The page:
Perhaps the most sinister activity undertaken by Homewood Kitchen Gardens is our nefarious plot to make our customers eat weeds.
A weed, of course, is just a plant in the wrong place at the wrong time. Transplant a weed from my garden to yours and it may transform miraculously from unwanted garden guest to prized VIP. But in the meantime, it’s in my garden, not yours, and it has to go. Since I don’t use herbicides, that means pulling it. If I’m lucky, it also means dinner.
There is a primeval satisfaction to eliminating weeds by eating them – and a subversive pleasure in getting other people to eat them too. At the risk of undoing three years of stealthy weed-pushing on unsuspecting H-F innocents, however, let me introduce you to a few of my favorite edible pests.
Garlic Mustard: Imported to eastern America as a culinary herb by European settlers, garlic mustard is a highly invasive plant threatening our native woodland flora. It’s also a good source of vitamins (including A, C, and E) and essential minerals. I find it best as a cooking rather than salad green; try sautéing the leaves in olive oil & balsamic vinegar, with a little sweetness like raisins or citrus thrown in to offset the mustardy bitterness. The roots can be ground and mixed with vinegar to produce a horseradish-like sauce.
The garlic mustard (and cookbooks!) sold at HKG’s stall at the farmers market have been harvested from Irons Oaks Environmental Center and all proceeds are donated back to Irons Oaks.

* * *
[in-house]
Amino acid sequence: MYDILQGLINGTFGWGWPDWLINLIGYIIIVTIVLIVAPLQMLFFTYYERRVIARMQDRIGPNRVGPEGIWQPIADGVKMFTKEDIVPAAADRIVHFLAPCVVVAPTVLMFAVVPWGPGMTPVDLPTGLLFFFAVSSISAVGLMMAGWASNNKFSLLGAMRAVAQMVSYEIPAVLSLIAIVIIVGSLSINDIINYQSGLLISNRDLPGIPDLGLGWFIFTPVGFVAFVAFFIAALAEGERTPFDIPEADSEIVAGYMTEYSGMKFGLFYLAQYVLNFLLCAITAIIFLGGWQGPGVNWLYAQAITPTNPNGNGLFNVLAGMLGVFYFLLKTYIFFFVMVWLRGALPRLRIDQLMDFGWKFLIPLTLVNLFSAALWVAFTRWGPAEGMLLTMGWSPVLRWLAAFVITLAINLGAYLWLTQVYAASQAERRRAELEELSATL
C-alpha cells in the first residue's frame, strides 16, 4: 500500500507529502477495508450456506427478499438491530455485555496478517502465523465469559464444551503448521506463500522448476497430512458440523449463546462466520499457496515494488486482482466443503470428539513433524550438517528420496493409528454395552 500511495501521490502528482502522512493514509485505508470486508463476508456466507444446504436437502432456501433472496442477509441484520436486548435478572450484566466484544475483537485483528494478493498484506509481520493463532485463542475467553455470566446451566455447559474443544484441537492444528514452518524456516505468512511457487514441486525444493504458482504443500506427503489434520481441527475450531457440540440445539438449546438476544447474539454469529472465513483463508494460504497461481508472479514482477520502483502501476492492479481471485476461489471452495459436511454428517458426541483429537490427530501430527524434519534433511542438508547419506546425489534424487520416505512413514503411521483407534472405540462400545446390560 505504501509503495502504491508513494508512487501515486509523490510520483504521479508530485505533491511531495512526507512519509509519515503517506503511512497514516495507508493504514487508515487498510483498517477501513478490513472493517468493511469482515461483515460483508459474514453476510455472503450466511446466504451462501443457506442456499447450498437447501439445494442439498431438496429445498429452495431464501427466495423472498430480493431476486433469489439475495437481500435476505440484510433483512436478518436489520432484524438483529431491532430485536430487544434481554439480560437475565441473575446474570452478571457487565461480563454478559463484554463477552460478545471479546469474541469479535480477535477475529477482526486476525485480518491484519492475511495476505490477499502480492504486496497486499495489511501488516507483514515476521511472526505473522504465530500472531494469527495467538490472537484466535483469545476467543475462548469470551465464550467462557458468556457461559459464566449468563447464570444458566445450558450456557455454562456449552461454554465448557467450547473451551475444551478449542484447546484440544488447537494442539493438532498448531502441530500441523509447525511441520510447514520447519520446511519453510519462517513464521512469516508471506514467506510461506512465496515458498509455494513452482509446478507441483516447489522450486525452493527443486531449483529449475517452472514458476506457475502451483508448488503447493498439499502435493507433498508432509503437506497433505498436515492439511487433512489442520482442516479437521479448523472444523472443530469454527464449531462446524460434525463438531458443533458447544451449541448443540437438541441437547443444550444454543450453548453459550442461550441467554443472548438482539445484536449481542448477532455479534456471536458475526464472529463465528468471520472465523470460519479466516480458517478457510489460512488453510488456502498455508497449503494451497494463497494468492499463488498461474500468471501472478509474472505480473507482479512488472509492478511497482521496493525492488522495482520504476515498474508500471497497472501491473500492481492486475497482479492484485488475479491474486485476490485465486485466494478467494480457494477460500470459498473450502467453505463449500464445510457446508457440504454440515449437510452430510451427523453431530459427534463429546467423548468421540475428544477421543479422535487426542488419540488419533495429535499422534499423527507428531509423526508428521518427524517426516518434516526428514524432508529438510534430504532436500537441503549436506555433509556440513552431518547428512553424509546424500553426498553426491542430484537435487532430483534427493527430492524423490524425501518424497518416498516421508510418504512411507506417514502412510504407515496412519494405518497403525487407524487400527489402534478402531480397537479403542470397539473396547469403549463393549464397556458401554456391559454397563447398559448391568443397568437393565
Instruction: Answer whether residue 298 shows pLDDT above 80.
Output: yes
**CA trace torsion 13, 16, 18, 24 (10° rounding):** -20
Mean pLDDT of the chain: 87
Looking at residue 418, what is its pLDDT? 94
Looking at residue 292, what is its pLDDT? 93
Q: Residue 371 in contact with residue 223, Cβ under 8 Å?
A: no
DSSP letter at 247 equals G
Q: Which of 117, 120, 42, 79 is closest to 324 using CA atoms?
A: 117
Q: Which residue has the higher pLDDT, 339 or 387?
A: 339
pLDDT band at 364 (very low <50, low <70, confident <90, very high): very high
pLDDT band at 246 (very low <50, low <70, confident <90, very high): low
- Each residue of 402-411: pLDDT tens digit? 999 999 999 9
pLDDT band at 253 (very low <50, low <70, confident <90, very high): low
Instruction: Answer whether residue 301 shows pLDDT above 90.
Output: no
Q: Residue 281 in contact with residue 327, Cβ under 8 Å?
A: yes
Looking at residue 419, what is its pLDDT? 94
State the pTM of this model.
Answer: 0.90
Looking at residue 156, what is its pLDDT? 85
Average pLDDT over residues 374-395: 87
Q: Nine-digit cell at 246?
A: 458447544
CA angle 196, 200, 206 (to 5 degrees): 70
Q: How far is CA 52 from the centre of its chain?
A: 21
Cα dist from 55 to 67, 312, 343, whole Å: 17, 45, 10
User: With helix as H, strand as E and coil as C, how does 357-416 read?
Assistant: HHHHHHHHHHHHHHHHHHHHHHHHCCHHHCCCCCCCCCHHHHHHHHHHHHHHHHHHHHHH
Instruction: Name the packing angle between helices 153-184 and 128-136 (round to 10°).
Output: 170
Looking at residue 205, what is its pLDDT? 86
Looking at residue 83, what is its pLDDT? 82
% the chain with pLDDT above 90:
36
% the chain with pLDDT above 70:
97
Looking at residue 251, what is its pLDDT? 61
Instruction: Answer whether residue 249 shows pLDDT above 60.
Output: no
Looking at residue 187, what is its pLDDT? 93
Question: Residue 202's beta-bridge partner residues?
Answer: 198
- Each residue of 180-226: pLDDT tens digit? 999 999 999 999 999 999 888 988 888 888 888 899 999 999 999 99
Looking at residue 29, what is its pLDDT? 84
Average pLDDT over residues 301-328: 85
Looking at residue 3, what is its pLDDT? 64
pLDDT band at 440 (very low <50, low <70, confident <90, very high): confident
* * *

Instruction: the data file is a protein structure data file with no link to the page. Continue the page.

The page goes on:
Purslane: This is a wonder weed! It’s packed full of omega-3 fatty acids, which play an important role in brain development and may reduce the risk of heart disease and certain cancers, such as breast cancer. Since purslane is already growing through your backyard, you can get your omega-3s for a fraction of the price of walnuts or flaxseed, and without the disgusting aftertaste of cod liver oil. The flavor is mild and slightly lemony; add raw leaves to a salad or use them as a flavor additive and natural thickener in soups and stews.
Wood sorrel: You want to call it clover or shamrock, but it’s not. Wood sorrel has three heart-shaped leaves joined at a central crease, whereas clover’s leaves are round or oval. Unlike many species considered to be weeds, wood sorrel is a native American plant. Sorrel leaves have a delicious lemony tangy taste and make a lovely garnish for salads and soups. The flowers are edible, too.